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    First Olympic Games  
According to historical records, the first ancient Olympic Games can be traced back to 776 BC. They were dedicated to the Olympian gods and were staged on the ancient plains of Olympia. They continued for nearly 12 centuries, until Emperor Theodosius...
 
    Rome, The Eternal City  
Rome's history spans more than two and a half thousand years, since its legendary founding in 753 BC. Rome is one of the oldest continuously occupied cities in Europe. It is referred to as "The Eternal City" (Latin: Roma Aeterna), a central notion in...
 
    Hesiod, Greek Poet  
Hesiod was a Greek oral poet and is often identified as the first economist. His date is uncertain but leading scholars, favor the the eighth century BC for when Hesiod lived. Since at least Herodotus's time, Hesiod and Homer have generally been cons...
 
    Ashurbanipal, King of Assyria  
Ashurbanipal, Assurbanipal or Sardanapal, (reigned 669-627 BC), was the last great king of ancient Assyria. He is famous as one of the few kings in antiquity who could himself read and write. Assyrian sculpture reached its apogee under his rule. The...
 
    Necho II, Pharaoh 26th Dynasty  
Necho II was a king of the Twenty-sixth dynasty of Egypt (610 BCE 595 BCE). Necho II is most likely the pharaoh mentioned in several books of the Bible (see Hebrew Bible / Old Testament). The Book of Kings states that Necho met King Josiah of the K...
 
    Solon, Founder of Democracy  
Solon was an Athenian statesman, lawmaker, and poet. He is remembered particularly for his efforts to legislate against political, economic, and moral decline in archaic Athens. His reforms failed in the short term, yet he is often credited with havi...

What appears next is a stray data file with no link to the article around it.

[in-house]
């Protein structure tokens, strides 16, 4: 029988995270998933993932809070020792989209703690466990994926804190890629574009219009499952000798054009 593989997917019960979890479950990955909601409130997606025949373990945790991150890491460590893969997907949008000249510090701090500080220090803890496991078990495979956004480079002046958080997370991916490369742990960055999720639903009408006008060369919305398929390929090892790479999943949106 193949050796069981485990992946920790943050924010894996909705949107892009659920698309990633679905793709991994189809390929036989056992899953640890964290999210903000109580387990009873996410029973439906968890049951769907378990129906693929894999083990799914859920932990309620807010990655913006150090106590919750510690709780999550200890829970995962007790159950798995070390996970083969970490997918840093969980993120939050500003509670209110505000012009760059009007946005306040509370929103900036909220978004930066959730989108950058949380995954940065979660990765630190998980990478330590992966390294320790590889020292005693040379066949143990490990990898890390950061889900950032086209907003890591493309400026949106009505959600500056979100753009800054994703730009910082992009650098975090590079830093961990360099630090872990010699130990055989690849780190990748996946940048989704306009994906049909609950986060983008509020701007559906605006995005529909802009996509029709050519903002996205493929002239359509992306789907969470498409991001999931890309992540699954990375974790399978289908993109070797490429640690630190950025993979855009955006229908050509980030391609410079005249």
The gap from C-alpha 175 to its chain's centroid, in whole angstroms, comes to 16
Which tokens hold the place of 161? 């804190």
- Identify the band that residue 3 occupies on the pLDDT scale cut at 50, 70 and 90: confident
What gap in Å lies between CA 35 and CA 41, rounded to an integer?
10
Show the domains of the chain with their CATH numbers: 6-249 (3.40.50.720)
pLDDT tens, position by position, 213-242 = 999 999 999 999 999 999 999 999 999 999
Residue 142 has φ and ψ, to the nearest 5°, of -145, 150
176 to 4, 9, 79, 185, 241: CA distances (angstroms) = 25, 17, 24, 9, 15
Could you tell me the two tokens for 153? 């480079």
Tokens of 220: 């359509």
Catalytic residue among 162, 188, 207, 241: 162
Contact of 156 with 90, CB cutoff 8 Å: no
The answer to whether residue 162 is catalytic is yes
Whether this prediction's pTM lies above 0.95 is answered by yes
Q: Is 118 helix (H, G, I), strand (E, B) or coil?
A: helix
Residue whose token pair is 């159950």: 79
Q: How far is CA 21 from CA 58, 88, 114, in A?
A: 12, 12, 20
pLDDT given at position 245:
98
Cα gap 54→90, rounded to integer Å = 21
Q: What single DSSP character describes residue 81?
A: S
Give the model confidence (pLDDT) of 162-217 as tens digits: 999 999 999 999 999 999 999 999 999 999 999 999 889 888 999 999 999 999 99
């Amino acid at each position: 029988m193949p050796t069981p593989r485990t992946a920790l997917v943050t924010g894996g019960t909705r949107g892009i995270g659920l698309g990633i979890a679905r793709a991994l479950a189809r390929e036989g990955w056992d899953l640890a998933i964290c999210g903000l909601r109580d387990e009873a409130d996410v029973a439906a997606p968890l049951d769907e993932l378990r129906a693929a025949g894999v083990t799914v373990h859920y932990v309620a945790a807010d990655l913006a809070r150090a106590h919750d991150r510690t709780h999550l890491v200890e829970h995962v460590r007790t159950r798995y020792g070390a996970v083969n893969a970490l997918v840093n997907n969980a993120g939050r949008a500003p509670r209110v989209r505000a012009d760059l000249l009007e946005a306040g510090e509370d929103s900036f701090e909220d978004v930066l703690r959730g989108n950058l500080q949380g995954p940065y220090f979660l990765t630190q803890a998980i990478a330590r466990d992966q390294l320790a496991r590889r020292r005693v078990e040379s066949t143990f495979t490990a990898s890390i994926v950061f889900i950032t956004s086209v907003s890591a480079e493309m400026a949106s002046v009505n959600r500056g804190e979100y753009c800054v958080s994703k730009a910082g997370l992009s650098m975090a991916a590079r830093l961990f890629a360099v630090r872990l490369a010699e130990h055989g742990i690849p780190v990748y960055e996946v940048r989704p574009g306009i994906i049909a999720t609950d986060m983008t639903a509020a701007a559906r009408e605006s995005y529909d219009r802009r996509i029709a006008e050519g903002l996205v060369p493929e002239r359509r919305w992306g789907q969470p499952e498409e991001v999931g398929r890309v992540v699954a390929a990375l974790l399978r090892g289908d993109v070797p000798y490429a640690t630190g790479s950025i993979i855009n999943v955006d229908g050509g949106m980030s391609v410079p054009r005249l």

Nebuchadnezzar II, Ruler of Babylon  
Nebuchadnezzar II was a ruler of Babylon in the Chaldean Dynasty, who reigned c. 605 BC 562 BC. According to the Bible, he conquered Judah and Jerusalem, and sent the Jews into exile. He is credited with the construction of the Hanging Gardens of B...
 
    Sappho, Greek Lyric Poet  
Sappho was a Greek lyric poet, born on the island of Lesbos. The Alexandrians included her in the list of nine lyric poets. Her birth was sometime between 630 and 612 BC, and it is said that she died around 570 BC, but little is known for certain abo...
 
    Zoroaster, Founder Zoroastrianism  
Zoroaster was a religious reformer of ancient Persia (now Iran) and the founder of the pre-Islamic religion of Zoroastrianism. Thought to have lived about 300 years before Alexander the Great, Zoroaster (Zarathustra in Greek) had a religious vision w...
 
    Thales, 1st Greek Philosopher  
Thales of Miletus seems to be the first known Greek philosopher, scientist and mathematician although his occupation was that of an engineer. He is believed to have been the teacher of Anaximander (611 BC - 545 BC) and he was the first natural philos...
 
    Aesop, Greek Poet  
Aesop was an Ancient Greek fabulist or story teller credited with a number of fables now collectively known as Aesop's Fables. Although his existence remains uncertain and no writings by him survive, numerous tales credited to him were gathered acro...
 
    Anaximander of Miletus, Philosopher  
Anaximander, Ionian philosopher of Miletus, the first Greek known to have written (c.546) a book in prose, a treatise on nature, now lost except for one quotation. It was said that he introduced into Greece the gnomon (the vertical rod whose shadow i...
 
    Lao Tzu or Laozi, Founder of Taoism  
Laozi (also Lao-Tzu, Lao-Tsu, or Lao-tze) was a philosopher and poet of ancient China. He is best known as the reputed author of the Tao Te Ching and the founder of philosophical Taoism, but he is also revered as a deity in religious Taoism and tradi...
 
    Yin-Yang Symbol  
The yin-yang symbol represents unity and duality, a universal dual monism. It is also inherent in the ancient Chinese system of divination of the I Ching (Book of Changes). It is basic to the teachings of Taoism, as embodied in the classic work Tao-t...
 
    Tao Te Ching, Lao Tzu  
The Tao Te Ching, roughly translatable as The Book of the Way and its Virtue, is a Chinese classic text. According to tradition, it was written around 600 BCE by the Taoist sage Laozi (or Lao Tzu, "Old Master"), a record-keeper at the Zhou Dynasty co...
 
       
 
         
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